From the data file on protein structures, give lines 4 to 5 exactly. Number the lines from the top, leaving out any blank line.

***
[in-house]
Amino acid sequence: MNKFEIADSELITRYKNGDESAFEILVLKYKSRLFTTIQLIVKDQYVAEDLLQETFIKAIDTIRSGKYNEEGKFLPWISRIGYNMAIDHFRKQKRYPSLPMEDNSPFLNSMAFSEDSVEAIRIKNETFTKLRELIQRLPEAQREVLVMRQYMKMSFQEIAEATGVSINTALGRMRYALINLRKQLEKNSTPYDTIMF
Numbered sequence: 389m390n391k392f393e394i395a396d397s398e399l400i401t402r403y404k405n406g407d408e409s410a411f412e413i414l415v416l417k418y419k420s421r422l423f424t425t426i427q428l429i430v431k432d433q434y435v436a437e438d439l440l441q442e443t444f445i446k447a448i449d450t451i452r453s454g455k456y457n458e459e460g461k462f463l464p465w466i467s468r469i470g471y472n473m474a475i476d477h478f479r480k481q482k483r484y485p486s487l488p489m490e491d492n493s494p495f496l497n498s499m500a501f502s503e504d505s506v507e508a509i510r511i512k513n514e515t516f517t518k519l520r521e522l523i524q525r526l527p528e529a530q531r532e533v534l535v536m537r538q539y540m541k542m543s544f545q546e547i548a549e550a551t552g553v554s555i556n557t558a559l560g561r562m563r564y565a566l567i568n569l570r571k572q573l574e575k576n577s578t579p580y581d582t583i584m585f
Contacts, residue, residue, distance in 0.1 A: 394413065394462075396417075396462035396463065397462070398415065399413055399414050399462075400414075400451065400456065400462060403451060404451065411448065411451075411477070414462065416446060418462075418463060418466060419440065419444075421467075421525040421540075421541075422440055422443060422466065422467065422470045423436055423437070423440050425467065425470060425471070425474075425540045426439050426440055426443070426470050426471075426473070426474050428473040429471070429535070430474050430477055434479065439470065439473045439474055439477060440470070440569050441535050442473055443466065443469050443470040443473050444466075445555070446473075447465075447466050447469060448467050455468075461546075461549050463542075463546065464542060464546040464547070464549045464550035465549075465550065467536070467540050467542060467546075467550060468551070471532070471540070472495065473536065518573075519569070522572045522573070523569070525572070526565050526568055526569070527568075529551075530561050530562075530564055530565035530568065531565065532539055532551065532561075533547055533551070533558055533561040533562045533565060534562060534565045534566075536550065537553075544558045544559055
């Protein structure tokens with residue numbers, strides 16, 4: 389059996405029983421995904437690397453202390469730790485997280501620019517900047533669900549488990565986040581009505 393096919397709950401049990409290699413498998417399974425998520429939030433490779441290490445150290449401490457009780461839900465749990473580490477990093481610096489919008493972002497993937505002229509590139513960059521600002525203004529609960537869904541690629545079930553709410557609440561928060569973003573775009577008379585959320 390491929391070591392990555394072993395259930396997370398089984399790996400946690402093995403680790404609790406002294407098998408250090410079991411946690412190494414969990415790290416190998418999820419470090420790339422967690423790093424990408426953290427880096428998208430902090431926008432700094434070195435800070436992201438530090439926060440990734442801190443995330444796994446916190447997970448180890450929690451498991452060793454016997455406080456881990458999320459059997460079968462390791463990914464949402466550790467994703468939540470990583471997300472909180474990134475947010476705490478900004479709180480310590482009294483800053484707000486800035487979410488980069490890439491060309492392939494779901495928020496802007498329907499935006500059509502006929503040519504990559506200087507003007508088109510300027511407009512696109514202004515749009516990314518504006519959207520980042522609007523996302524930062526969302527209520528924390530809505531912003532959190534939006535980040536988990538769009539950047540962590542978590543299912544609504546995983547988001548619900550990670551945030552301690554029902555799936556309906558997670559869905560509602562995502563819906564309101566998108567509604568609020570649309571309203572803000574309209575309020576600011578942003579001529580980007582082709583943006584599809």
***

Contacts, residue, residue, distance in 0.1 A: 394413065394462075396417075396462035396463065397462070398415065399413055399414050399462075400414075400451065400456065400462060403451060404451065411448065411451075411477070414462065416446060418462075418463060418466060419440065419444075421467075421525040421540075421541075422440055422443060422466065422467065422470045423436055423437070423440050425467065425470060425471070425474075425540045426439050426440055426443070426470050426471075426473070426474050428473040429471070429535070430474050430477055434479065439470065439473045439474055439477060440470070440569050441535050442473055443466065443469050443470040443473050444466075445555070446473075447465075447466050447469060448467050455468075461546075461549050463542075463546065464542060464546040464547070464549045464550035465549075465550065467536070467540050467542060467546075467550060468551070471532070471540070472495065473536065518573075519569070522572045522573070523569070525572070526565050526568055526569070527568075529551075530561050530562075530564055530565035530568065531565065532539055532551065532561075533547055533551070533558055533561040533562045533565060534562060534565045534566075536550065537553075544558045544559055
């Protein structure tokens with residue numbers, strides 16, 4: 389059996405029983421995904437690397453202390469730790485997280501620019517900047533669900549488990565986040581009505 393096919397709950401049990409290699413498998417399974425998520429939030433490779441290490445150290449401490457009780461839900465749990473580490477990093481610096489919008493972002497993937505002229509590139513960059521600002525203004529609960537869904541690629545079930553709410557609440561928060569973003573775009577008379585959320 390491929391070591392990555394072993395259930396997370398089984399790996400946690402093995403680790404609790406002294407098998408250090410079991411946690412190494414969990415790290416190998418999820419470090420790339422967690423790093424990408426953290427880096428998208430902090431926008432700094434070195435800070436992201438530090439926060440990734442801190443995330444796994446916190447997970448180890450929690451498991452060793454016997455406080456881990458999320459059997460079968462390791463990914464949402466550790467994703468939540470990583471997300472909180474990134475947010476705490478900004479709180480310590482009294483800053484707000486800035487979410488980069490890439491060309492392939494779901495928020496802007498329907499935006500059509502006929503040519504990559506200087507003007508088109510300027511407009512696109514202004515749009516990314518504006519959207520980042522609007523996302524930062526969302527209520528924390530809505531912003532959190534939006535980040536988990538769009539950047540962590542978590543299912544609504546995983547988001548619900550990670551945030552301690554029902555799936556309906558997670559869905560509602562995502563819906564309101566998108567509604568609020570649309571309203572803000574309209575309020576600011578942003579001529580980007582082709583943006584599809």